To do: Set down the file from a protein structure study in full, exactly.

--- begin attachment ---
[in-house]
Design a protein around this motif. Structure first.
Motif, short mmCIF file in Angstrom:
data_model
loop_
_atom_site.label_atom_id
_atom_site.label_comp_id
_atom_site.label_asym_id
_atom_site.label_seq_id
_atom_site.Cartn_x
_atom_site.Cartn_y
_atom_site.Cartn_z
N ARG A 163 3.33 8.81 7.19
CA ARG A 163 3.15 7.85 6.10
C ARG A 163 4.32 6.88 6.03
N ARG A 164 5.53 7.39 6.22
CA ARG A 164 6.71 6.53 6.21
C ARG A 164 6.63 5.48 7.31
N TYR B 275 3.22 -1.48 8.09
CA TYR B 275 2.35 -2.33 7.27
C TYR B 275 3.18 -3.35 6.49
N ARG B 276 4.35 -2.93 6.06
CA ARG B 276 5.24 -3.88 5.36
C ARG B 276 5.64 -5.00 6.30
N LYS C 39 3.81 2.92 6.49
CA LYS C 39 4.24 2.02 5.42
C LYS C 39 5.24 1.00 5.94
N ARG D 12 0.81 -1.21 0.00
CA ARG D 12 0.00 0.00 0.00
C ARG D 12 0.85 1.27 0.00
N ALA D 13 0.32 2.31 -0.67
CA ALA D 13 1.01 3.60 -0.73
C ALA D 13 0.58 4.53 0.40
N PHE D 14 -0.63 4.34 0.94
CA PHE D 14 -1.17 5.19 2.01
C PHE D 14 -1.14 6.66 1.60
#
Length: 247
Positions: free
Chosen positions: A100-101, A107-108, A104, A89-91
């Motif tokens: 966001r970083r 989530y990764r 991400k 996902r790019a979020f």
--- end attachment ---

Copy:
[in-house]
Design a protein around this motif. Structure first.
Motif, short mmCIF file in Angstrom:
data_model
loop_
_atom_site.label_atom_id
_atom_site.label_comp_id
_atom_site.label_asym_id
_atom_site.label_seq_id
_atom_site.Cartn_x
_atom_site.Cartn_y
_atom_site.Cartn_z
N ARG A 163 3.33 8.81 7.19
CA ARG A 163 3.15 7.85 6.10
C ARG A 163 4.32 6.88 6.03
N ARG A 164 5.53 7.39 6.22
CA ARG A 164 6.71 6.53 6.21
C ARG A 164 6.63 5.48 7.31
N TYR B 275 3.22 -1.48 8.09
CA TYR B 275 2.35 -2.33 7.27
C TYR B 275 3.18 -3.35 6.49
N ARG B 276 4.35 -2.93 6.06
CA ARG B 276 5.24 -3.88 5.36
C ARG B 276 5.64 -5.00 6.30
N LYS C 39 3.81 2.92 6.49
CA LYS C 39 4.24 2.02 5.42
C LYS C 39 5.24 1.00 5.94
N ARG D 12 0.81 -1.21 0.00
CA ARG D 12 0.00 0.00 0.00
C ARG D 12 0.85 1.27 0.00
N ALA D 13 0.32 2.31 -0.67
CA ALA D 13 1.01 3.60 -0.73
C ALA D 13 0.58 4.53 0.40
N PHE D 14 -0.63 4.34 0.94
CA PHE D 14 -1.17 5.19 2.01
C PHE D 14 -1.14 6.66 1.60
#
Length: 247
Positions: free
Chosen positions: A100-101, A107-108, A104, A89-91
């Motif tokens: 966001r970083r 989530y990764r 991400k 996902r790019a979020f």